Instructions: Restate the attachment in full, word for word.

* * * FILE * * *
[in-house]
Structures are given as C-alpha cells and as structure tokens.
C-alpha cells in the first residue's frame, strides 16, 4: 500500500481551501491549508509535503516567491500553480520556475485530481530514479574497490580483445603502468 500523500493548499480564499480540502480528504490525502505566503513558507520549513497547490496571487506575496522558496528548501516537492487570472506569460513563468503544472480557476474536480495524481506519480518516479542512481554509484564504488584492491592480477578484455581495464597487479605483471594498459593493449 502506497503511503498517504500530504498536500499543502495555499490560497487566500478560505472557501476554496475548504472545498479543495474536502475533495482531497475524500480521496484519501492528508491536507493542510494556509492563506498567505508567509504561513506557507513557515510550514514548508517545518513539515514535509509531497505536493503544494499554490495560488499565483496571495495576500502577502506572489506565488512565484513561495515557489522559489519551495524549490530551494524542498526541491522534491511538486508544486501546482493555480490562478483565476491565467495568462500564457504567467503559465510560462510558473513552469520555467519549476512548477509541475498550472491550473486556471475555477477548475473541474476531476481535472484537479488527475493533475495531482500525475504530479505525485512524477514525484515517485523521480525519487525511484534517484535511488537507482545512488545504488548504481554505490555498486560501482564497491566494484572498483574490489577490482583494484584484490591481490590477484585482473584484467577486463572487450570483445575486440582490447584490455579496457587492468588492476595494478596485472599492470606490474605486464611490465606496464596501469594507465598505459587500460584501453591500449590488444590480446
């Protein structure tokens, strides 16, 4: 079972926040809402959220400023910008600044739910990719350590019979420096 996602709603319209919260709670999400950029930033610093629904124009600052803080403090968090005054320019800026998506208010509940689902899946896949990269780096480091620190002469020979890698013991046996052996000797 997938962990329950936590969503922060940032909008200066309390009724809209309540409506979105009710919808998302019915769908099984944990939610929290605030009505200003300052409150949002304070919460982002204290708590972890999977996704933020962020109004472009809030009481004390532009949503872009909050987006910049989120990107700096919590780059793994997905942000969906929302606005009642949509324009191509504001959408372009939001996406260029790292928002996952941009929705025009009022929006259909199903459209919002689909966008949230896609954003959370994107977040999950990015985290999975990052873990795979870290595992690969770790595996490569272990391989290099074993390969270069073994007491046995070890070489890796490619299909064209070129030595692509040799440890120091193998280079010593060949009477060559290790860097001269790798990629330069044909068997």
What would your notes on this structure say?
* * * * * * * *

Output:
[in-house]
Structures are given as C-alpha cells and as structure tokens.
C-alpha cells in the first residue's frame, strides 16, 4: 500500500481551501491549508509535503516567491500553480520556475485530481530514479574497490580483445603502468 500523500493548499480564499480540502480528504490525502505566503513558507520549513497547490496571487506575496522558496528548501516537492487570472506569460513563468503544472480557476474536480495524481506519480518516479542512481554509484564504488584492491592480477578484455581495464597487479605483471594498459593493449 502506497503511503498517504500530504498536500499543502495555499490560497487566500478560505472557501476554496475548504472545498479543495474536502475533495482531497475524500480521496484519501492528508491536507493542510494556509492563506498567505508567509504561513506557507513557515510550514514548508517545518513539515514535509509531497505536493503544494499554490495560488499565483496571495495576500502577502506572489506565488512565484513561495515557489522559489519551495524549490530551494524542498526541491522534491511538486508544486501546482493555480490562478483565476491565467495568462500564457504567467503559465510560462510558473513552469520555467519549476512548477509541475498550472491550473486556471475555477477548475473541474476531476481535472484537479488527475493533475495531482500525475504530479505525485512524477514525484515517485523521480525519487525511484534517484535511488537507482545512488545504488548504481554505490555498486560501482564497491566494484572498483574490489577490482583494484584484490591481490590477484585482473584484467577486463572487450570483445575486440582490447584490455579496457587492468588492476595494478596485472599492470606490474605486464611490465606496464596501469594507465598505459587500460584501453591500449590488444590480446
């Protein structure tokens, strides 16, 4: 079972926040809402959220400023910008600044739910990719350590019979420096 996602709603319209919260709670999400950029930033610093629904124009600052803080403090968090005054320019800026998506208010509940689902899946896949990269780096480091620190002469020979890698013991046996052996000797 997938962990329950936590969503922060940032909008200066309390009724809209309540409506979105009710919808998302019915769908099984944990939610929290605030009505200003300052409150949002304070919460982002204290708590972890999977996704933020962020109004472009809030009481004390532009949503872009909050987006910049989120990107700096919590780059793994997905942000969906929302606005009642949509324009191509504001959408372009939001996406260029790292928002996952941009929705025009009022929006259909199903459209919002689909966008949230896609954003959370994107977040999950990015985290999975990052873990795979870290595992690969770790595996490569272990391989290099074993390969270069073994007491046995070890070489890796490619299909064209070129030595692509040799440890120091193998280079010593060949009477060559290790860097001269790798990629330069044909068997």
What would your notes on this structure say?